"Small businesses are very fragile, especially in the financial department," he said. "We want what everyone else wants. We want clean air, water and facilities. New York City is the number one business capital in the world, and that is the reason people come here. We need an advocate for business people. As a result of greed, we almost plunged into bankruptcy twice. We took care of it. We want enforcement, but at the same time we don't want 50 jobs in peril because of someone not understanding."
WNY Regional Director Christina Orsi went on to explain how the process of funding is done.
"We pay at the end of the project, and by the time it is done, it is anywhere from two to three years later. Most projects have a long life cycle. We pay on major milestones or completion dates," she said. "We hold a contract until they meet goals or see an extensive waiver on why they didn't do goals."
Parker believes the community becomes really inspired if it knows a company that is seeing growth. She said people will come if they see a great project.
"Businesses are growing because of what we do around this table," she said.
Orsi wanted updates from Economic Develop-ment SUNY Fredonia Vice President Dr. Kevin Kearns on what he is planning to do for the SUNY 2020 Challenge Grant and Start Up NY Plan.
"Power Fredonia has a clear plan," Kearns began. "Agriculture business is primary for the local community. Local fruit and vegetable facilities create millions for economic development. The arts has a big impact, too. SUNY has a mission for foreigners to come to our college, which is significant every year. The final start-up cluster relates largely to tourism. Tourism is the fifth-largest employer in the state. It is the key to economic recovery. Our Great Lakes project for the Lake Erie waterfront will cause job growth through tourism."
Kearns went on to talk in-depth on what the SUNY Fredonia Science Depart-ment is coming up with.
"We want to create a science museum and deep water research vessel. This will bring hundreds of jobs to the area," he said. "This will potentially transform the local community."
Empire State Develop-ment Deputy Director Ryan Silva discussed the importance of providing jobs to veterans.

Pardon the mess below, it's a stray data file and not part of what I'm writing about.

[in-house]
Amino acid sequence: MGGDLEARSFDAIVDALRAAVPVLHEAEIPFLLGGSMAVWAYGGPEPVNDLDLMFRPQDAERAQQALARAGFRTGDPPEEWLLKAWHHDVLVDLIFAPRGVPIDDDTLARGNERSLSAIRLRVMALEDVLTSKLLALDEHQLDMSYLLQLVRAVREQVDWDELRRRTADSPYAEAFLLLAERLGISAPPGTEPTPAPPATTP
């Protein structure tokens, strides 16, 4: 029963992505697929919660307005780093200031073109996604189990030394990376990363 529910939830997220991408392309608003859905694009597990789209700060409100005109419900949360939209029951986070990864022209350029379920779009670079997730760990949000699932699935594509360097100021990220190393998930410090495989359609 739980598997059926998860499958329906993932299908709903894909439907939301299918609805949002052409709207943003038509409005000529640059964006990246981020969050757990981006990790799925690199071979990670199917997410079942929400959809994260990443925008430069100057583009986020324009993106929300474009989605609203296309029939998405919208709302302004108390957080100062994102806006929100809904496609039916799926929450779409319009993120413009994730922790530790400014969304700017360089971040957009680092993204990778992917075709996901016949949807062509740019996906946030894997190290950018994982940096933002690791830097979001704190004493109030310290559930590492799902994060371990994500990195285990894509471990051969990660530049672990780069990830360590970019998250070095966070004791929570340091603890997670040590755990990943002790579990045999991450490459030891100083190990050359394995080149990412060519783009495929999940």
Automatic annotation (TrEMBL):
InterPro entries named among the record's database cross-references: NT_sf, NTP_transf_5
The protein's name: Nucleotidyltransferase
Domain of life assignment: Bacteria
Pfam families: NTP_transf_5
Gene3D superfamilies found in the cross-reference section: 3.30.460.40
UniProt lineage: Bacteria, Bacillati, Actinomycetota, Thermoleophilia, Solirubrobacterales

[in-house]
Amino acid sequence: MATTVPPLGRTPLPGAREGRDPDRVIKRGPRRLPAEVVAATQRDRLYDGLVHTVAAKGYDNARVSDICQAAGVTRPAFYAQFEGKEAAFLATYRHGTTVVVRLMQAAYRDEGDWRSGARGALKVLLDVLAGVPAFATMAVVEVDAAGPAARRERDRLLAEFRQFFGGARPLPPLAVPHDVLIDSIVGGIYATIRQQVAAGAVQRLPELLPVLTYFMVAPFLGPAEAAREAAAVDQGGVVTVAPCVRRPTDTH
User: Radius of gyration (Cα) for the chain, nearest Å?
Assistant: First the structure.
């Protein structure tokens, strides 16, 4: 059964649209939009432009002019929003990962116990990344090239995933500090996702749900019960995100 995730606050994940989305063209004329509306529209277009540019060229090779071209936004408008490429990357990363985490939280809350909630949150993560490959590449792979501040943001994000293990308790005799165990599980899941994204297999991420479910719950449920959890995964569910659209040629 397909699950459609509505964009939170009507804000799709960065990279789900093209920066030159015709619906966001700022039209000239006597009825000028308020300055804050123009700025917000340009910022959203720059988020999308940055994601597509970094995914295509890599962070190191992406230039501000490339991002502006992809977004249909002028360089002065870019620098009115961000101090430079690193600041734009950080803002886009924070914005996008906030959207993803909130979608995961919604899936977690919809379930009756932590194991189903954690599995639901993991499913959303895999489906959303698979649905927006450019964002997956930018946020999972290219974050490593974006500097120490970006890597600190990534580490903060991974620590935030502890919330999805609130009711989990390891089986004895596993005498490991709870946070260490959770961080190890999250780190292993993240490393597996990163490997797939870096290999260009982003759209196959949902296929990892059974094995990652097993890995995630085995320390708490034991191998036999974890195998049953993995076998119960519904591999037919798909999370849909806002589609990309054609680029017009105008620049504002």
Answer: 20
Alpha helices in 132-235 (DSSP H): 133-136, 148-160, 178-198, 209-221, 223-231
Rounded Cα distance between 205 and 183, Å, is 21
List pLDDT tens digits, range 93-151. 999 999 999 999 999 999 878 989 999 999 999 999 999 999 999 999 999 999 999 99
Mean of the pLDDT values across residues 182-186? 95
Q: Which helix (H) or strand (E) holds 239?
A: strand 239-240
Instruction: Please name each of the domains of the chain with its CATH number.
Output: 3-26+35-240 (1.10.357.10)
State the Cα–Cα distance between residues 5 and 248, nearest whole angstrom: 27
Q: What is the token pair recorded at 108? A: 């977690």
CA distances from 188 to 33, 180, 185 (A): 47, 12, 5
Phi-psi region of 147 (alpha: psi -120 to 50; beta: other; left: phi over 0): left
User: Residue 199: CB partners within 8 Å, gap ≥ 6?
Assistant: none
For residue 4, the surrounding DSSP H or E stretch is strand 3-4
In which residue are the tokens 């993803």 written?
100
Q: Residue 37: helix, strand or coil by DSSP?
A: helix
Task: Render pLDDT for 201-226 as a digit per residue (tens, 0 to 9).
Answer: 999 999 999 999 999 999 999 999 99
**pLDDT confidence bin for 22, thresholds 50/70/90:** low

"Coming off the heels of Memorial Day, it is unacceptable to have such low numbers of employed veterans," he said. "We want to promote job opportunities for veterans to get into the job market when they come home. We want to keep the project pipeline flowing. Workforce development is vital for any economy."
Empire State Fellow Ana Liss worked with Silva on presenting an international growth idea to the board.
"I would love to see the REDC link arms with one another," she said. "We want snapshots on how the projects will create growth, international tourism and marketing strategies. The large international student population is a rich re-source."
Buffalo Niagara Enter-prises President Tom Ku-charski agreed, saying it is all about people, and what WNY will look like in the future.
"We have people visiting the community every week looking at the colleges. We are going to take advantage of that," he said. "We need to ask where can we grow, what are our activities and what can we do in the future."
Orsi concluded his remarks on the CFA timeline.
"We have a busy summer ahead of us. There is a lot we need to do to get across the finish line," she said. "We need a good opportunity to understand projects and work to meet state deadlines. This is a good way to market ourselves, and bring tourists to the region, not just one county. You have all done a fantastic job."
Chautauqua County Visitors Bureau Director Andrew Nixon gave the final presentation, and tied everything together. He began by pointing out the town of Chautauqua is the number one small town in America.
"I want to create a tourism brand for the region that attracts visitors for a long time," he said. "Once this brand is established, the visitors of the area don't want to change this down the road. Our primary objective is to make whole region an extensive tourism region."